You might think that Dive Gurus™ are just born that way. Completely knowledgeable. Savvy. Suave. And, of course, incredibly handsome. Unfortunately, it’s not the truth. Ahem. Except for the handsome part.

It’s somewhat painful to recall, but there was a time at which this particular Dive Guru wasn’t quite the upstanding citizen that you see before you today. In fact, the young guru wasn’t really upstanding at all. Call it youthful rebellion. Regardless, I share this experience today as a warning and hope you won’t make the same mistake.

Citizens of the Month
Image courtesy of Kids Sea Camp

At one point, the young yet-to-be-Guru was quite the carefree youth. Carefree about the environment. Carefree about the Guru’s place in the world. The young guru wasn’t one of those who tossed debris out of the car window while heading down the motorway. But, the guru certainly didn’t see the problem in it.

And yes, I’m referring to myself in the third person. It’s less painful that way.

But, all it took was one eye opening experience for the Dive Guru to change his ways and become citizen of the month when it came to the environment. On a dive trip to Palau, the Guru took part in an extraordinary event. We went to a little known island that was closed to diving. Under the close watch – and assistance – of the local military, we scoured the beach and underwater environments around the island and freed it from the debris that had been accumulating there.

Guru Cleanup

It wasn’t just the chance to dive in an area normally off limits, it was the appreciation of the people living there that made the Guru realize that there really is much to be said for giving back, volunteering and simply caring for our planet and the people on it.

Now, I’d have to say that the Dive Guru is a huge advocate of combining what we all love – diving – and giving back to the local communities that call those beautiful areas home. Whether it’s a simple beach cleanup or something more complex like volunteering for an actual scientific study, the opportunities abound.

The Guru found a new level of personal maturity. Seeing new places, new cultures, new faces and being able to give thanks in some small way makes the entire experience that much more meaningful for everyone involved.

So what should you do if you want to get involved with volunteerism, citizen science and giving back to the places you visit? First, you can contact Project AWARE to see if there are any opportunities available where you’re going to travel. Next, get in touch with the destination itself and tell them that you’d like to do something for the location if at all possible. Check the PADI Dive Shop Locator for contact information. Third, if you’d like to take things into your own hands, consider taking some PADI Specialty courses – such as Peak Performance Buoyancy, Project AWARE Specialist or Digital Underwater Photographer – to hone your skills. It pays dividends not only on your trip but you’ll be an environmental steward every time you dive.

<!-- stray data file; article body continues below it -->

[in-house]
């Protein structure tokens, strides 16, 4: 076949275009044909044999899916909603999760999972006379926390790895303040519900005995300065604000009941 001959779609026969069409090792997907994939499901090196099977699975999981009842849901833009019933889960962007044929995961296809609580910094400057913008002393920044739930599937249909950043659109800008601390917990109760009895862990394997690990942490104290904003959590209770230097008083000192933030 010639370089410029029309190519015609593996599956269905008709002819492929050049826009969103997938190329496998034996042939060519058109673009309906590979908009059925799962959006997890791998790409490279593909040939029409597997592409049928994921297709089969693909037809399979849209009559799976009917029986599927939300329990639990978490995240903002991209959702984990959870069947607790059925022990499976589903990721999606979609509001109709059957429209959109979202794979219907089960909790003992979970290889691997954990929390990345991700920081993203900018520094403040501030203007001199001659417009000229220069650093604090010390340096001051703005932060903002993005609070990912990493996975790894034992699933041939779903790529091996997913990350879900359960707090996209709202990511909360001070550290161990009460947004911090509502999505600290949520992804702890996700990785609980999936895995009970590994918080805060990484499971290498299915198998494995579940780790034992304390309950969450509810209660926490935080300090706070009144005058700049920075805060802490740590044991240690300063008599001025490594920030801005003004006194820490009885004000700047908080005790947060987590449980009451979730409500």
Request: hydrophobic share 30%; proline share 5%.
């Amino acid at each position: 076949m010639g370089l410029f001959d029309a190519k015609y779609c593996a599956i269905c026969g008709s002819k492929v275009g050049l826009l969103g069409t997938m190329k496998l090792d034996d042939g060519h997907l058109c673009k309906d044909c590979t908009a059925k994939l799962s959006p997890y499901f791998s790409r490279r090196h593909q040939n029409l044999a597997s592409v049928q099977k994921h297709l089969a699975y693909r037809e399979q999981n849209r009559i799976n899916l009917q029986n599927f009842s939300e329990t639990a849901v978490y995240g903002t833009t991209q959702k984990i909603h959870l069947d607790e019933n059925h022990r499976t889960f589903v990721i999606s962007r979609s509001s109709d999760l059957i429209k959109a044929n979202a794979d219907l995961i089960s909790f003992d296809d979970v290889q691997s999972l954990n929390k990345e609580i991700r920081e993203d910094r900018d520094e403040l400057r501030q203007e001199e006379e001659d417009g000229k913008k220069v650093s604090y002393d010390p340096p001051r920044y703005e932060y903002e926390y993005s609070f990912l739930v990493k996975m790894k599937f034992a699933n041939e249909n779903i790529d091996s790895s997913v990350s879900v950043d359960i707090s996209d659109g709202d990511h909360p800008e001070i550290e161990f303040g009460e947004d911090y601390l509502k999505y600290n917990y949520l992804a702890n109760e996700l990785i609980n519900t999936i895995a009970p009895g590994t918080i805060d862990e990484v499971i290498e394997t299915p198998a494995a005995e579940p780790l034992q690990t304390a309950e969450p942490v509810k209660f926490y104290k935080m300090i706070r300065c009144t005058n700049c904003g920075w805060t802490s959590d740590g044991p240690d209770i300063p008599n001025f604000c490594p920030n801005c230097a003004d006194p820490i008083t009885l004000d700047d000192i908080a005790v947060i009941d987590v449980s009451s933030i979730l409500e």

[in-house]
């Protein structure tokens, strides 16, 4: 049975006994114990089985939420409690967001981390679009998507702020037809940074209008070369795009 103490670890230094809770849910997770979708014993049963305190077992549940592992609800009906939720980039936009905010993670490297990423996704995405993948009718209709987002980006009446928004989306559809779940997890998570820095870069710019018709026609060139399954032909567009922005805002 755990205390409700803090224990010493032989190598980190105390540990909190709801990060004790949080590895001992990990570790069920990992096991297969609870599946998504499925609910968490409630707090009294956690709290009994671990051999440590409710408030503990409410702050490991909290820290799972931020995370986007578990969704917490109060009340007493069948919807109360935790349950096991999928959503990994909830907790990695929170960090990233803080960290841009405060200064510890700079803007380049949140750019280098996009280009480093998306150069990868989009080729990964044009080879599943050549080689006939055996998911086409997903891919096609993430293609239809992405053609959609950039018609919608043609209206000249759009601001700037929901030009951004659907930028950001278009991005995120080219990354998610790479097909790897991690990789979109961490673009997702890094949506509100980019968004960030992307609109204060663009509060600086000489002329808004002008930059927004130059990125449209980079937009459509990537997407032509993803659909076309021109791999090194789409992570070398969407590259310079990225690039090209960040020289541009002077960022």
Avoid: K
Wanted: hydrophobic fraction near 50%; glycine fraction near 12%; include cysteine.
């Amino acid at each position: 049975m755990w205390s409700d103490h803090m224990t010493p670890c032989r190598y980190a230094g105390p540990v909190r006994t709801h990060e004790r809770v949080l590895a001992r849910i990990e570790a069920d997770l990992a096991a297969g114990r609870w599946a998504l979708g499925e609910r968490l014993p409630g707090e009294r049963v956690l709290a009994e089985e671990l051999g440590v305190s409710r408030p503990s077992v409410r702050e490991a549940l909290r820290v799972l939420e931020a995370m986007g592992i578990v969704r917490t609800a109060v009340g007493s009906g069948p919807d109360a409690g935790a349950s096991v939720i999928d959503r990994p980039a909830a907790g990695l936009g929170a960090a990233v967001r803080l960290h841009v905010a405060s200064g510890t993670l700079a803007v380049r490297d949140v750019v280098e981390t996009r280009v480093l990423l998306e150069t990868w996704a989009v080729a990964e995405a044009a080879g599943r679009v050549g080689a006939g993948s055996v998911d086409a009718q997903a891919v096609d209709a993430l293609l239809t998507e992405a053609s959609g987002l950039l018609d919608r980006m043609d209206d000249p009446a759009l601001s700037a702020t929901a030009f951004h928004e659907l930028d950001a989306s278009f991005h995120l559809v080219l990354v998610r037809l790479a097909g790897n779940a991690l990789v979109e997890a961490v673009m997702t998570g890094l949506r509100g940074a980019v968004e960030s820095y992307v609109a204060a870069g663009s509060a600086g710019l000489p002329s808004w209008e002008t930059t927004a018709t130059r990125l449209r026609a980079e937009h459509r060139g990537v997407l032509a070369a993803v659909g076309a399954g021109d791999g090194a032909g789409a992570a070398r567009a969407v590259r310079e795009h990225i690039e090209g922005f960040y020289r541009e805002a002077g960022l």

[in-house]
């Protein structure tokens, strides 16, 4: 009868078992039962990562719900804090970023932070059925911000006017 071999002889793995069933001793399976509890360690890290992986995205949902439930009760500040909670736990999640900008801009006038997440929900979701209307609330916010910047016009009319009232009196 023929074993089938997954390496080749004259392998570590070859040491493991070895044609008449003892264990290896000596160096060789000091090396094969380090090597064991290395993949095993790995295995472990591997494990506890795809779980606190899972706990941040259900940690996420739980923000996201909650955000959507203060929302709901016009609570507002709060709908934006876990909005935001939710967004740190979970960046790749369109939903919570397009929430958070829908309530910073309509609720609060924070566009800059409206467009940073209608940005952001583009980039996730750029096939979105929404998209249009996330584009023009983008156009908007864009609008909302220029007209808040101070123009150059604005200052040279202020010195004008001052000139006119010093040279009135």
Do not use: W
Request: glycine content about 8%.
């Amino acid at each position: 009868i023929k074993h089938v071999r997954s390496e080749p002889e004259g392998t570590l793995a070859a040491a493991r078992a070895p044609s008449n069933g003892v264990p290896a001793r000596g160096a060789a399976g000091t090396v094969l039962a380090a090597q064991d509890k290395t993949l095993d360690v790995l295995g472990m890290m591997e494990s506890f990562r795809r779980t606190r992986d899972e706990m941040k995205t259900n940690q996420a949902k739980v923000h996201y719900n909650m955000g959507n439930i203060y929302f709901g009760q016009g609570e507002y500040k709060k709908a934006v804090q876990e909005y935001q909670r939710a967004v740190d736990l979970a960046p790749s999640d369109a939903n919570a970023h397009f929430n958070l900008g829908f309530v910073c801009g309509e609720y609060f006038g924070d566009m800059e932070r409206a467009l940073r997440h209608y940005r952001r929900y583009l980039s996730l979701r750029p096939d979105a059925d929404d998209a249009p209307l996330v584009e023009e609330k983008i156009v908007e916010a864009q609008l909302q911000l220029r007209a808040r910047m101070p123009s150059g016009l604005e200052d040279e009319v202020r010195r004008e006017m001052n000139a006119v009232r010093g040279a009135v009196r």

Guru Underwater CleanupSo, have you incorporated this volunteerism into your life and dive travel already? Or, are you planning to? If you want to get some ideas or see what other people around the world are doing, check out the PADI Sea the Change video contest. You could do some good and take home some cash while you’re at it. While Gurus are beyond worldly possessions, they certainly understand how a cash prize helps bring home some groceries.

It took a bit of time and a bit of travel but the Guru now considers himself an upstanding citizen. Not just of the local community but of the larger community that is coming together to support our planet.

What are you doing to make yourself a better citizen? Let me know.

Can’t get enough of the Guru? Read past installments here:

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